MIDAS SHARE TIPS: Legal eagles of DWF have spread their wings and are on the up and up under the auspices of chief executive Sir Nigel Knowles
In charge: DWF chief executive Sir Nigel Knowles
In May 2020, having issued its second profit warning in three months, law firm DWF took action. Out went long-standing chief executive Andrew Leaitherland. In came Sir Nigel Knowles, best known for turning DLA Piper from a small, Sheffield-based partnership into one of the biggest law firms in the world.
When Knowles, moved into the hot seat at DWF, the shares were below 50p. Today, the stock is £1.15, well above its low point but still shy of the £1.22 price at which the firm came to market in 2019.
That shortfall should soon disappear as Knowles’ expansion plans bear fruit. The firm is a decent dividend payer too, with 6.6p pencilled in for the year to this April, putting the stock on a yield of almost 6 per cent.
DWF is different from its peers in two key ways. The group is the only law firm to be listed on the main market of the Stock Exchange, a position that gives it a certain cachet with clients, particularly larger ones.
It also offers customers much more than standard legal support. Yes, there is a top-quality law practice, providing advice and guidance in areas such as hiring and firing, mergers and acquisitions, business restructurings and regulation. But there are two related divisions as well – Mindcrest and Connected Services.
Mindcrest has created software to do certain types of legal work faster and more cheaply than lawyers. Well regarded and highly competitive, it is winning plenty of business.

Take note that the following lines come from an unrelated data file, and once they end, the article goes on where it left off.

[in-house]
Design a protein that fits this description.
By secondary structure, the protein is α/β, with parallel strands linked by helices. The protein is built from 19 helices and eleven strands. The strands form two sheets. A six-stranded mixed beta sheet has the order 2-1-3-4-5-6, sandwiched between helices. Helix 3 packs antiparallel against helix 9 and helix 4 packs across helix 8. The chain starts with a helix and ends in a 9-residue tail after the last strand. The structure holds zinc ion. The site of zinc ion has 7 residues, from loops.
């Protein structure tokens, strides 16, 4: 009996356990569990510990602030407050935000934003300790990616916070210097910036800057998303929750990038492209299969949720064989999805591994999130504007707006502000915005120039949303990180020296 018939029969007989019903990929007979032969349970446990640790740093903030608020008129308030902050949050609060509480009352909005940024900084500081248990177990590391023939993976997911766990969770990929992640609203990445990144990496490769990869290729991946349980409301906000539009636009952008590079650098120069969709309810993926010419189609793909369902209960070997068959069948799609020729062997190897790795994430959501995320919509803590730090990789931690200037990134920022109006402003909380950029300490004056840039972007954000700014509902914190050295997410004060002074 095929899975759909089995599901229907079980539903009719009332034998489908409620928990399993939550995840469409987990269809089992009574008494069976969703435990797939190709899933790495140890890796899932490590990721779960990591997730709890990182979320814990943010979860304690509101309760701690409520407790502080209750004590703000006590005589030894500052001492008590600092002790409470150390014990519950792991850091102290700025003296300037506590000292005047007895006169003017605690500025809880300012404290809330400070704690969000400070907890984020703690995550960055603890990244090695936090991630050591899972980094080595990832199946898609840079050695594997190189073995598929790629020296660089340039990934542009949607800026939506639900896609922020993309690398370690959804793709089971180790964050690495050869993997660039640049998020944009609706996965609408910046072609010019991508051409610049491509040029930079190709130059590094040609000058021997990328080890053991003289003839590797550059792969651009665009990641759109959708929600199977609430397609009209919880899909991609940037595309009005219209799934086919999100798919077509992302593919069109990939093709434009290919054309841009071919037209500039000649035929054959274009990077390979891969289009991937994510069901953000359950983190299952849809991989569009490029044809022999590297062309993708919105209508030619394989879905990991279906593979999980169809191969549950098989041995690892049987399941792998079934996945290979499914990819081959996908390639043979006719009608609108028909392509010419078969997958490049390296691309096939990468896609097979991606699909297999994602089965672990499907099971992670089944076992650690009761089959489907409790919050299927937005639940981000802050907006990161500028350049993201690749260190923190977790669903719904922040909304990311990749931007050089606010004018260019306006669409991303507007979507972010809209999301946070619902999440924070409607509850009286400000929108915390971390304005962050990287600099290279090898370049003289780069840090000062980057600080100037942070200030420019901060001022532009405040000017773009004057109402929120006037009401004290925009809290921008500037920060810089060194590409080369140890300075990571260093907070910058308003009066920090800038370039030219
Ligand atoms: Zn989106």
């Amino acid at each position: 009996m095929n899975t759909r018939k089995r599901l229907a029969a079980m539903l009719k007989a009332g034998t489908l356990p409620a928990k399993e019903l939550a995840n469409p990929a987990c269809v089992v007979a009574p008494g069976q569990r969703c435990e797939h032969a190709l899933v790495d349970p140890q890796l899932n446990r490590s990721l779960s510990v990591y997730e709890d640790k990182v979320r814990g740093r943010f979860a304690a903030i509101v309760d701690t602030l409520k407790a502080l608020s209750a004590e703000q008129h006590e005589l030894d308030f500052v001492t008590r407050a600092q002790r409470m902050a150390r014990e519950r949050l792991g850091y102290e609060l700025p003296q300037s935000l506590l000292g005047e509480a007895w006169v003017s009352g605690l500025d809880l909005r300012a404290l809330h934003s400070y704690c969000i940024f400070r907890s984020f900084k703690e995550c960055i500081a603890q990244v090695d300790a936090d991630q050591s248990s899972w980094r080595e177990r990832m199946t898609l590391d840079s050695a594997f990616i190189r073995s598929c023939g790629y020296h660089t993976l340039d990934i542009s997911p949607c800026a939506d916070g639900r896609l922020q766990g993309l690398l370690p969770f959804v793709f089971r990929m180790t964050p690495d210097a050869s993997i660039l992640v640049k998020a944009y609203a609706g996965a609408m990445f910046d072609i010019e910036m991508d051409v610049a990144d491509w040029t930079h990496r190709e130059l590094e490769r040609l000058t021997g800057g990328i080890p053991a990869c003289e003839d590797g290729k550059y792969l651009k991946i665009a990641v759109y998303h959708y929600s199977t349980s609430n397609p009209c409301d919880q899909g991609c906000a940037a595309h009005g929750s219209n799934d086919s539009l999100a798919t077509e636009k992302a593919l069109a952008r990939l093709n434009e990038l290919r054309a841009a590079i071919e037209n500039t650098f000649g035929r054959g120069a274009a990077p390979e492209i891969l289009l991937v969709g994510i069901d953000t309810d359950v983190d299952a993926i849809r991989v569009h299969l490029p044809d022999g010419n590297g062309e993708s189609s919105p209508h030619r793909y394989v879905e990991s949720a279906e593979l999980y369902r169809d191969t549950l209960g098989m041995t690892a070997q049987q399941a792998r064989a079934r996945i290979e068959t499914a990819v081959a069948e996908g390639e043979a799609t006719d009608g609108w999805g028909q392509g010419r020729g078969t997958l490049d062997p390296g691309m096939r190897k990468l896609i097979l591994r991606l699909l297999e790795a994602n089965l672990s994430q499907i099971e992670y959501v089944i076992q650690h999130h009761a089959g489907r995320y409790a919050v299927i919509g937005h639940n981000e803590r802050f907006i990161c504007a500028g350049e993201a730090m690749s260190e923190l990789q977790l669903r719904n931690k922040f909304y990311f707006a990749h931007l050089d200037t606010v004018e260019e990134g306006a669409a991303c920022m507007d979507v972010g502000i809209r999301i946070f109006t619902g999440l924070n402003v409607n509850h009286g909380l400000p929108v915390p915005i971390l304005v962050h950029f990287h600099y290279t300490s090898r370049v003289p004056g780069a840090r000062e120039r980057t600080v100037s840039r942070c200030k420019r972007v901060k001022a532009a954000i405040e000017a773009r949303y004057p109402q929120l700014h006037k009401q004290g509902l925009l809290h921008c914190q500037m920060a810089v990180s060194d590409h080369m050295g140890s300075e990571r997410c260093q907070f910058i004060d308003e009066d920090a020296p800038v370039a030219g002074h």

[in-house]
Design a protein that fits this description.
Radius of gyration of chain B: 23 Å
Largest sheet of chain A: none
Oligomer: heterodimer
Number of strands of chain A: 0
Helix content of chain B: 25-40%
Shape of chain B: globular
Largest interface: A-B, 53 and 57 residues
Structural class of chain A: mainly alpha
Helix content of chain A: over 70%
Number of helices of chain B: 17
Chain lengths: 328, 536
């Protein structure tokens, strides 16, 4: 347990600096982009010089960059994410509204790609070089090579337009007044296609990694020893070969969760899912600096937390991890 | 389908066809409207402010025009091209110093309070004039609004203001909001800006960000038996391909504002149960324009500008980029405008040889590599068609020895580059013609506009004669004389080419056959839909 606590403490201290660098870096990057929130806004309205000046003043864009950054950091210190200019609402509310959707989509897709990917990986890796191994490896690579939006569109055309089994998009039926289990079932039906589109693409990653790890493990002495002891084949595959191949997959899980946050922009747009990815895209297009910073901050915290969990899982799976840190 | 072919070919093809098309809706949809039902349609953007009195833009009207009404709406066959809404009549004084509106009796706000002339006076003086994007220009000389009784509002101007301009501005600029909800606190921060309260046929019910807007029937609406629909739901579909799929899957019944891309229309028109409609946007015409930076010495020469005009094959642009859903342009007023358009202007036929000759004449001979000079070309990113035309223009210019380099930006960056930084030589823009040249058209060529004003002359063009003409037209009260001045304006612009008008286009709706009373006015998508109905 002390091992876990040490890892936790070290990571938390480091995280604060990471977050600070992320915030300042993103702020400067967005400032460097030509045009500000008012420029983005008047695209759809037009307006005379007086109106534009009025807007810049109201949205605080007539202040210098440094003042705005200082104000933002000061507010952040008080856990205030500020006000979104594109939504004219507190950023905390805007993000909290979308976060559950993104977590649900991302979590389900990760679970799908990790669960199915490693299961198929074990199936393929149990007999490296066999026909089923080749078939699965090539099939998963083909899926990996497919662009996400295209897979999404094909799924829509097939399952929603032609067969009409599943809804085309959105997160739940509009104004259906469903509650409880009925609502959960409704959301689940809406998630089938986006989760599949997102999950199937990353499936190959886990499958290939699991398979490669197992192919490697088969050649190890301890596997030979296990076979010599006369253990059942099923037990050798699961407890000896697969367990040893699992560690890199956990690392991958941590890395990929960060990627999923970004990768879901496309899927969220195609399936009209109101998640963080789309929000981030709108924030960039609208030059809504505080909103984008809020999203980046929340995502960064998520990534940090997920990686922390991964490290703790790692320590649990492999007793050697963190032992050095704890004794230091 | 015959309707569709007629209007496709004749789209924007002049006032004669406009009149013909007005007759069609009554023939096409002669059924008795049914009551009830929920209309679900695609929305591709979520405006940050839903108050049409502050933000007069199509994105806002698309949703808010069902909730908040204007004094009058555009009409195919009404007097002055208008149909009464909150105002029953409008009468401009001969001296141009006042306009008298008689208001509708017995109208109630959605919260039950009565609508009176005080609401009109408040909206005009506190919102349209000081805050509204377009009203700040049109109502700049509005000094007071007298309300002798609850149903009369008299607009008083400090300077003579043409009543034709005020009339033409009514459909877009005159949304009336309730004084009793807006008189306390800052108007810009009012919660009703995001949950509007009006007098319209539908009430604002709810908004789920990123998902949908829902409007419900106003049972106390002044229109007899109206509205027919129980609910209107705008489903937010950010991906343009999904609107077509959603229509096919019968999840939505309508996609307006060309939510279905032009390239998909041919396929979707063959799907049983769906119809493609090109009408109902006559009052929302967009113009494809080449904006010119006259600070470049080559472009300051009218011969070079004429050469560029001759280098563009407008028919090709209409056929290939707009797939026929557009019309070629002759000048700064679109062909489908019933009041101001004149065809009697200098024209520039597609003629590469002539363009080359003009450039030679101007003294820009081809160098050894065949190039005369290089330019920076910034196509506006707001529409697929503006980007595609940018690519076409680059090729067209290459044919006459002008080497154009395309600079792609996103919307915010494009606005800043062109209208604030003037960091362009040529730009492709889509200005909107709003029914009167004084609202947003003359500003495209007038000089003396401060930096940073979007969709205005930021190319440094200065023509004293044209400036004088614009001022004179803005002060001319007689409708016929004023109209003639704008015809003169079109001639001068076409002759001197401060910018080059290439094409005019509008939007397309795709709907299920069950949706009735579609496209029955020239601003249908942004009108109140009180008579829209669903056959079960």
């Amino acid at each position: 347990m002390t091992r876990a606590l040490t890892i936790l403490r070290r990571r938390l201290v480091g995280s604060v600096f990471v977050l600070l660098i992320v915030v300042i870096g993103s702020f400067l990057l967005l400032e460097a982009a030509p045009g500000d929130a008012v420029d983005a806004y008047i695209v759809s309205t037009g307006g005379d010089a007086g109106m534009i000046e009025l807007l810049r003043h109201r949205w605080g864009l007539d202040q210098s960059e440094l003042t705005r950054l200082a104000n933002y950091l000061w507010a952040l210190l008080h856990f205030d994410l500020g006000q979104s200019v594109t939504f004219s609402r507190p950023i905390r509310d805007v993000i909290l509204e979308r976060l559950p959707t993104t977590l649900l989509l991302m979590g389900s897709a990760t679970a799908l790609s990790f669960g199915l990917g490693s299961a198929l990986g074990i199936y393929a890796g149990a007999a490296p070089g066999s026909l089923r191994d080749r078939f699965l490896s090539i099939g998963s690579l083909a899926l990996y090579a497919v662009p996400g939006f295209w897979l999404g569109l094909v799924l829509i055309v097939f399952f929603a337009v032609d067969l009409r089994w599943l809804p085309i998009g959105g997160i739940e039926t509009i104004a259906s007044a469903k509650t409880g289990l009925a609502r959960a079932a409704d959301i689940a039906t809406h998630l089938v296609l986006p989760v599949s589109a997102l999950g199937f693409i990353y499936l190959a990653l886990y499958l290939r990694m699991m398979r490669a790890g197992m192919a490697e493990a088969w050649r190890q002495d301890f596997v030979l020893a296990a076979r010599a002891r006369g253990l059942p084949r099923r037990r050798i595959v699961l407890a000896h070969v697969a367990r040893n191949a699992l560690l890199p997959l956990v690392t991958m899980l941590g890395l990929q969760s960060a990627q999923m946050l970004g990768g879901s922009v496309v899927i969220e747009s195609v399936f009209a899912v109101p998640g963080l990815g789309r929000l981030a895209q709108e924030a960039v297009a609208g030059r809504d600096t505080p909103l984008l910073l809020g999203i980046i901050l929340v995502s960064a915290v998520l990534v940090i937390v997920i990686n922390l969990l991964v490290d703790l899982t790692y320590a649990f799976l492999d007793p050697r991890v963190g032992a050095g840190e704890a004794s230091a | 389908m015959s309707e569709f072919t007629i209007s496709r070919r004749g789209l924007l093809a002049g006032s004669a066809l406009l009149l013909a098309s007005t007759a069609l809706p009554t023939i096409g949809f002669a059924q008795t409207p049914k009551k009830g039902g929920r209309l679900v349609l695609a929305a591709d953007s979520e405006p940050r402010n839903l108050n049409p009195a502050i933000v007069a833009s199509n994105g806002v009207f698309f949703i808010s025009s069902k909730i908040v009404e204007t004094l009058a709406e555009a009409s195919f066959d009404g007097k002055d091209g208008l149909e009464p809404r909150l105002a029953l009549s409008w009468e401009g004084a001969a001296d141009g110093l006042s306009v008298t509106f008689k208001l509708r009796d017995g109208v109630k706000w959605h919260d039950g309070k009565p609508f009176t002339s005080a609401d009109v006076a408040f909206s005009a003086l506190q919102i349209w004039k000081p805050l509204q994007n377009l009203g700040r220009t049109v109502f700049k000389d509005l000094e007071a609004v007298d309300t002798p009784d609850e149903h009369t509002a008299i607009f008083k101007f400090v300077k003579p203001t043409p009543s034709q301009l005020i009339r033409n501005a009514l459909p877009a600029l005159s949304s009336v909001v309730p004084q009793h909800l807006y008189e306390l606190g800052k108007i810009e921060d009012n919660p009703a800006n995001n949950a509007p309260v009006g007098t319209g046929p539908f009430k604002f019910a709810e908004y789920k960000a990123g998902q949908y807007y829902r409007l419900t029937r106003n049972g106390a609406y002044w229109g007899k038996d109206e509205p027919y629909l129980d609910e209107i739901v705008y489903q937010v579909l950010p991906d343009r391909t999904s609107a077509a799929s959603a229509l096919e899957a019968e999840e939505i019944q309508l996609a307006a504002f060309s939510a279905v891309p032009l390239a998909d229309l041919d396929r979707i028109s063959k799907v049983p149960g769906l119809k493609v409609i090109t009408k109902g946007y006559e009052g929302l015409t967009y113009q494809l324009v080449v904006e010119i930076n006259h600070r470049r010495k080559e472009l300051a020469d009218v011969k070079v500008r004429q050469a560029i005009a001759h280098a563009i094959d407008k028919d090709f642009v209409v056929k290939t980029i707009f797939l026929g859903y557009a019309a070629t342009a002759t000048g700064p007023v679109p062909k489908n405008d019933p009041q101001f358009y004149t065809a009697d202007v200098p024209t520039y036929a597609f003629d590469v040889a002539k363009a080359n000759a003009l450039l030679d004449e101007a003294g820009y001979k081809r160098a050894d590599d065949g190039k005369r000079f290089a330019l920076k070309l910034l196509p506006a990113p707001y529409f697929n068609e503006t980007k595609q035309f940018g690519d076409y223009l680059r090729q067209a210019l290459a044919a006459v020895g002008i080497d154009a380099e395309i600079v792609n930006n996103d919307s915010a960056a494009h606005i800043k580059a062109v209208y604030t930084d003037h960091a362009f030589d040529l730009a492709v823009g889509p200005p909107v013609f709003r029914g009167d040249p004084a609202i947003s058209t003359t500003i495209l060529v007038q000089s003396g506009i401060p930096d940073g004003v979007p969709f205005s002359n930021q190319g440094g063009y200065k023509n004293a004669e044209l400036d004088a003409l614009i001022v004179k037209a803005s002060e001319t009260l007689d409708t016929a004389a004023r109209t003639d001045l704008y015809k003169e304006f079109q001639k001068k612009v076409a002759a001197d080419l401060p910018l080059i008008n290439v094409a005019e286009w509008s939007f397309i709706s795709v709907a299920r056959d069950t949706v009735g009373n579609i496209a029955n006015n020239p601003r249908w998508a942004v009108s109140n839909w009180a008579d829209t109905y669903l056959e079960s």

Connected Services adds another string to Knowles’ bow, helping clients in risk assessment, auditing, claims management, training and forensic accounting.
Each of DWF’s divisions performs slightly different tasks for customers, but the overall plan is to provide firms with a one-stop shop for legal advice and related support.
This strategy has been given new impetus under Knowles’ stewardship. There has been rigorous examination of every part of the business and renewed focus on efficiency, streamlining how work is done and cutting the days between starting a job and being paid for it.
Knowles has also spent time talking to staff and customers, and the results are starting to show, with brokers forecasting a 30 per cent rise in profit to £44.5million for the year to April 30.
The firm has also won some important new clients, including the NHS and Allianz, the world’s biggest insurance group. Today, DWF derives most of its revenues from the UK and core legal business. Over time, Knowles plans to drive growth at Mindcrest and Connected Services, while expanding DWF’s presence abroad. The firm already operates in 30 spots around the world and only last week announced new ventures in Spain and Portugal. Others are sure to follow.
Midas verdict: As the popular lawyers’ notebook says: ‘You win some and you lose some but you make money from all of them.’ In other words, lawyers can thrive, whatever the climate. For DWF, there are further grounds for optimism. The group’s breadth of services and presence overseas add a certain resilience. And, even though the firm has come on in leaps and bounds since Knowles was appointed, he remains highly ambitious, suggesting further growth is on the cards. At £1.15, the stock is a long-term buy – and the dividend adds a further kicker.
Traded on: Main market Ticker: DWF Contact: dwfgroup.com or 03333 202220